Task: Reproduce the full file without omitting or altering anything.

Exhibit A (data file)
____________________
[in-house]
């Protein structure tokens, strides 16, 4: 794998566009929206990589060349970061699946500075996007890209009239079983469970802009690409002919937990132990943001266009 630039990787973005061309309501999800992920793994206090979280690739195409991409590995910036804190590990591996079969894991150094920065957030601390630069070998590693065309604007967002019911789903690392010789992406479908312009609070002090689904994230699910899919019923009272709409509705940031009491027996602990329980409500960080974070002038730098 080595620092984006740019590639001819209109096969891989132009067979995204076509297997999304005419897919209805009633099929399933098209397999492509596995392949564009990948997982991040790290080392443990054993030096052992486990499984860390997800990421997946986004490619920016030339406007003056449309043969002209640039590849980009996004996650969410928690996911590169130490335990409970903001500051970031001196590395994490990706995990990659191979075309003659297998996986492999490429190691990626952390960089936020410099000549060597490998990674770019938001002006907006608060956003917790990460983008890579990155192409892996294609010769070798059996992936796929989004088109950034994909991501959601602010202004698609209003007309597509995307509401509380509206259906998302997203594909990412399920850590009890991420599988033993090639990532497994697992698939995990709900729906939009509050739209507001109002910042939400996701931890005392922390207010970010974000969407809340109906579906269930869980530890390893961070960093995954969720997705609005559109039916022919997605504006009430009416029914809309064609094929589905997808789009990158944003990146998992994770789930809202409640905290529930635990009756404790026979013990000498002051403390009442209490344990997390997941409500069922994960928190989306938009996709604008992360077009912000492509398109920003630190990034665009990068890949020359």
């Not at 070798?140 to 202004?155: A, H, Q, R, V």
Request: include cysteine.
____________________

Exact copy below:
[in-house]
């Protein structure tokens, strides 16, 4: 794998566009929206990589060349970061699946500075996007890209009239079983469970802009690409002919937990132990943001266009 630039990787973005061309309501999800992920793994206090979280690739195409991409590995910036804190590990591996079969894991150094920065957030601390630069070998590693065309604007967002019911789903690392010789992406479908312009609070002090689904994230699910899919019923009272709409509705940031009491027996602990329980409500960080974070002038730098 080595620092984006740019590639001819209109096969891989132009067979995204076509297997999304005419897919209805009633099929399933098209397999492509596995392949564009990948997982991040790290080392443990054993030096052992486990499984860390997800990421997946986004490619920016030339406007003056449309043969002209640039590849980009996004996650969410928690996911590169130490335990409970903001500051970031001196590395994490990706995990990659191979075309003659297998996986492999490429190691990626952390960089936020410099000549060597490998990674770019938001002006907006608060956003917790990460983008890579990155192409892996294609010769070798059996992936796929989004088109950034994909991501959601602010202004698609209003007309597509995307509401509380509206259906998302997203594909990412399920850590009890991420599988033993090639990532497994697992698939995990709900729906939009509050739209507001109002910042939400996701931890005392922390207010970010974000969407809340109906579906269930869980530890390893961070960093995954969720997705609005559109039916022919997605504006009430009416029914809309064609094929589905997808789009990158944003990146998992994770789930809202409640905290529930635990009756404790026979013990000498002051403390009442209490344990997390997941409500069922994960928190989306938009996709604008992360077009912000492509398109920003630190990034665009990068890949020359």
């Not at 070798?140 to 202004?155: A, H, Q, R, V």
Request: include cysteine.